The eastern grey kangaroo (Macropus giganteus) is one of the largest existing marsupials. It exhibits a polygamous mating system, established social structuring, and sexual size dimorphism. As an evolutionary response, males exhibit traits that influence their ability to successfully reproduce. In eutherian species, these can include weaponry, a larger body size and/or higher testosterone concentrations. Limited research has been performed on marsupials, impeding the development of evolutionary theories surrounding this extant mammalian lineage. The present study aimed to identify factors influencing male reproductive success in a free-ranging New South Wales eastern grey kangaroo population.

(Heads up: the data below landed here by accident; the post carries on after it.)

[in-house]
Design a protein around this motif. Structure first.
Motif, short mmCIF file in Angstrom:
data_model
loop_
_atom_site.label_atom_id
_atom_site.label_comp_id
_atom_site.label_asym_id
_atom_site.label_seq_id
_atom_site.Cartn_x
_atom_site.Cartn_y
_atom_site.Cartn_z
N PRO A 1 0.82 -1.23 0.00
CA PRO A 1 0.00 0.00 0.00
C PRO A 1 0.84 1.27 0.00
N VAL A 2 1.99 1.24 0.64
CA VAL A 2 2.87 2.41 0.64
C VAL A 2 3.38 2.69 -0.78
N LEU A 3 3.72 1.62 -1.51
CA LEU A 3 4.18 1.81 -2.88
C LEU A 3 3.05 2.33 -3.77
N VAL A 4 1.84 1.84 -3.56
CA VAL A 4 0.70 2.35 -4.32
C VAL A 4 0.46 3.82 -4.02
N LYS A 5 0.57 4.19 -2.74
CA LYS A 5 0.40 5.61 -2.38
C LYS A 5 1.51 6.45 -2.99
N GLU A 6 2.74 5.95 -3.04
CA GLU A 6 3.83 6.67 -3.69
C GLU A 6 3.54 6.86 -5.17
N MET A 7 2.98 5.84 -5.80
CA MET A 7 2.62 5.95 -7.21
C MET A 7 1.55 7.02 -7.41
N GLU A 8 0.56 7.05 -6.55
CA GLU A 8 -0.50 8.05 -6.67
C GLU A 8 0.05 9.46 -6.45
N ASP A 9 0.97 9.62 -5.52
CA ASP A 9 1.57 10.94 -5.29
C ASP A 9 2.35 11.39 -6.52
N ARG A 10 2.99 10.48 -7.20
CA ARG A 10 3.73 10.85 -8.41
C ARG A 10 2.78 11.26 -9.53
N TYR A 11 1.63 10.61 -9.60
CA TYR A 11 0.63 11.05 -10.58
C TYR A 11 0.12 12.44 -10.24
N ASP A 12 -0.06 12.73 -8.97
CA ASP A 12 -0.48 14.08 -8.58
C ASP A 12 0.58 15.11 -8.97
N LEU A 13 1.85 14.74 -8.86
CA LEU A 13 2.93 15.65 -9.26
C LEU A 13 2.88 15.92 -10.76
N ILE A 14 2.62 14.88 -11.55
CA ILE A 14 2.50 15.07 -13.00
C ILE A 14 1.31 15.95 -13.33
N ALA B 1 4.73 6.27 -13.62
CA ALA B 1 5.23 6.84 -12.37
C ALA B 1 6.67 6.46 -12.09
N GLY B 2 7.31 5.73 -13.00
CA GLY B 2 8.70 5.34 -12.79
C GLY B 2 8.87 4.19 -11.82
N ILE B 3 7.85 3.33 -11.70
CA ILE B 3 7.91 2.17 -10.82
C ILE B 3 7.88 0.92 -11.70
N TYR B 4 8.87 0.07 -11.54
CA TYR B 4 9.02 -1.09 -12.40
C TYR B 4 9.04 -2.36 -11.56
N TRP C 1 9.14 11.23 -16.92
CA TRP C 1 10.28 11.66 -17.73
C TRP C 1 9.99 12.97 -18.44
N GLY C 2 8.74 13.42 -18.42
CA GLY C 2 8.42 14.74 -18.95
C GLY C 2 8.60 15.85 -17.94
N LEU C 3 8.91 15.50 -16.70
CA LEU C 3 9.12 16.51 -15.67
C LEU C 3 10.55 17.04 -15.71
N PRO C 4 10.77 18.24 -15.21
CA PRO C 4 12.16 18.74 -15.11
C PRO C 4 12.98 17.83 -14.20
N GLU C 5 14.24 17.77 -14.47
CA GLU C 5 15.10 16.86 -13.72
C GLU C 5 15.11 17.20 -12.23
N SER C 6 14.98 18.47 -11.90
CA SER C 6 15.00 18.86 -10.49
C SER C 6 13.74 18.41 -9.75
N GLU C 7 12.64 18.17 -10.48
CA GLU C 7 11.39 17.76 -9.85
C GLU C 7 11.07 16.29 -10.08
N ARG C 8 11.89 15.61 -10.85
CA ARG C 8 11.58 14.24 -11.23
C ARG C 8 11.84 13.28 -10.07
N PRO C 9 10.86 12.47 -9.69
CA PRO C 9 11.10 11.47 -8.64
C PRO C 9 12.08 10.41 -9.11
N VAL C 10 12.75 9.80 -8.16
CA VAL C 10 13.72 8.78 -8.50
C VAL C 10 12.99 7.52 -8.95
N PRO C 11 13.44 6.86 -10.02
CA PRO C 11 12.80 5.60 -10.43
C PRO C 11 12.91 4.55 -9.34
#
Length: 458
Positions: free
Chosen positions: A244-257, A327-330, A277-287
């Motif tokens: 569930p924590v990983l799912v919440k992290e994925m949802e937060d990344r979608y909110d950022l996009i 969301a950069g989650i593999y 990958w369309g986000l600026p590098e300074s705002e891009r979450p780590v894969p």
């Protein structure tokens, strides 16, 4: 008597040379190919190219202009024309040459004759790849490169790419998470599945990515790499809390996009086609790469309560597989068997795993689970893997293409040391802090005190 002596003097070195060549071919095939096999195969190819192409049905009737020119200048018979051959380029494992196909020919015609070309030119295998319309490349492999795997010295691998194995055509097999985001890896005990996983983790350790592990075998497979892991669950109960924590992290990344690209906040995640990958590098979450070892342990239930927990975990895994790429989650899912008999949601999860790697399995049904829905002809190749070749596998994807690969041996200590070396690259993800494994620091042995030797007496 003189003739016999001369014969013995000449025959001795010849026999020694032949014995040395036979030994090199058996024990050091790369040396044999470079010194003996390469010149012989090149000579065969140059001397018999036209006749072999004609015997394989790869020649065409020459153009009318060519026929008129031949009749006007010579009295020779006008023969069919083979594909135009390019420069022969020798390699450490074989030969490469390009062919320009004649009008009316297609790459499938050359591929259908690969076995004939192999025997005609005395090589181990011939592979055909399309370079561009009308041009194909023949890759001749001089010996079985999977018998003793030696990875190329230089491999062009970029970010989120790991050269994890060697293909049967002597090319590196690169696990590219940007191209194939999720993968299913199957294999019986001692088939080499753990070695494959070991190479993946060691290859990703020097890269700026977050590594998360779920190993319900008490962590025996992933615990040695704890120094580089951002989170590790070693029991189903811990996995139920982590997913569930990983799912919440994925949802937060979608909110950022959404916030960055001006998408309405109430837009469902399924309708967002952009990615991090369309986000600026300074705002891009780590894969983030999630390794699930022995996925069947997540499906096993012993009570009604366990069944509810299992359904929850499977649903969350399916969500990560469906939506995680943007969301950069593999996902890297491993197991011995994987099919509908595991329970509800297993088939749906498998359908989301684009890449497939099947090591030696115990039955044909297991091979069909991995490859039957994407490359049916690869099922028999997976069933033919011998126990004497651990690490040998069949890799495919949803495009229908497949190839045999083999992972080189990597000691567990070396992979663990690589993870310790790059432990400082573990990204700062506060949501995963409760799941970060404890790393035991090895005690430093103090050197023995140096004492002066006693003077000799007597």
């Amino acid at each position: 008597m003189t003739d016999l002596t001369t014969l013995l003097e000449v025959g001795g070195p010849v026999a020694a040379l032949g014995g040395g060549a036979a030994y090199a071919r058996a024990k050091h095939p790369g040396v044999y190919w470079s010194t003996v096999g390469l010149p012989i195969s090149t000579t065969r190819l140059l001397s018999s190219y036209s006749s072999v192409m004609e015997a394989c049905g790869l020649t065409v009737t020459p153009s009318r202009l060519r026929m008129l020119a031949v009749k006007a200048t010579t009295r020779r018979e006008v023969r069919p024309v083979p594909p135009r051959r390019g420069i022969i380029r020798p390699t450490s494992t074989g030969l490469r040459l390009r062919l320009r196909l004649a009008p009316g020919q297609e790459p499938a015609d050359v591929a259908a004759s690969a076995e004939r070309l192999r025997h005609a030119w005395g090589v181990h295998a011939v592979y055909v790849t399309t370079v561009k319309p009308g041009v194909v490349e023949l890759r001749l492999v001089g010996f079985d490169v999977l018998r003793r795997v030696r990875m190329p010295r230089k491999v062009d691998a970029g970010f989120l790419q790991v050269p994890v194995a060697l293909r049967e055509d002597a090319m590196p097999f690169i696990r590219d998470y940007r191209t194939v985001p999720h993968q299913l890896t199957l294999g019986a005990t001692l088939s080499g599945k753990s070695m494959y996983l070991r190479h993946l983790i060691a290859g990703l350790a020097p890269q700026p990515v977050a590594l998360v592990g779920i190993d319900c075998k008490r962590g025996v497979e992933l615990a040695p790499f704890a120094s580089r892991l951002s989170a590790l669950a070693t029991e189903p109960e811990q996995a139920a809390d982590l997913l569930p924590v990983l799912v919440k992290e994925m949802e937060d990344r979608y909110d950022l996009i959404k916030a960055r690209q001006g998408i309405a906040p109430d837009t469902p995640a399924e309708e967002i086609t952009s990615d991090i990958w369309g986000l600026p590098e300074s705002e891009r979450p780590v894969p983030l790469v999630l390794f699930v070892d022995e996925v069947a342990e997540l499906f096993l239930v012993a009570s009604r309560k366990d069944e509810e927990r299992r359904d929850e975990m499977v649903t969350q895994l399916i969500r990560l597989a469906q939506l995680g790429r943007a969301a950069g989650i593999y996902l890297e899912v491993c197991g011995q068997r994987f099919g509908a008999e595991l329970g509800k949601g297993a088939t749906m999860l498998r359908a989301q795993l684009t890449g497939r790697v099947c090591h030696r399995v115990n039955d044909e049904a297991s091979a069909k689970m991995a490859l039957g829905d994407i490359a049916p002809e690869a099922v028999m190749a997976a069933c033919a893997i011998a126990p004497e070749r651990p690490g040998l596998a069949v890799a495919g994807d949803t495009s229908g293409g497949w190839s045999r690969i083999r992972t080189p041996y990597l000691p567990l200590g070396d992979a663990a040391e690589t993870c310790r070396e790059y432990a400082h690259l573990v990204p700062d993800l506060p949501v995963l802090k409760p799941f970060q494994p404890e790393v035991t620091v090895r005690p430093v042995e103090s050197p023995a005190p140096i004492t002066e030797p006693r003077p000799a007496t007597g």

Candidate male body weight, skeletal size, testes size, and testosterone and glucocorticoid concentrations were investigated as potential influential factors. Paternity was assigned to a total of 89 offspring across four breeding seasons, representing male reproductive success. As predicted, body size, indicated by body weight, leg length, testes size and testosterone, significantly influenced male reproductive success. Foot length and glucocorticoid measures had no influence. Such information contributes to the development of broad evolutionary theories across all extant mammalian lineages, as well as providing valuable information to aid the management of wild and captive populations.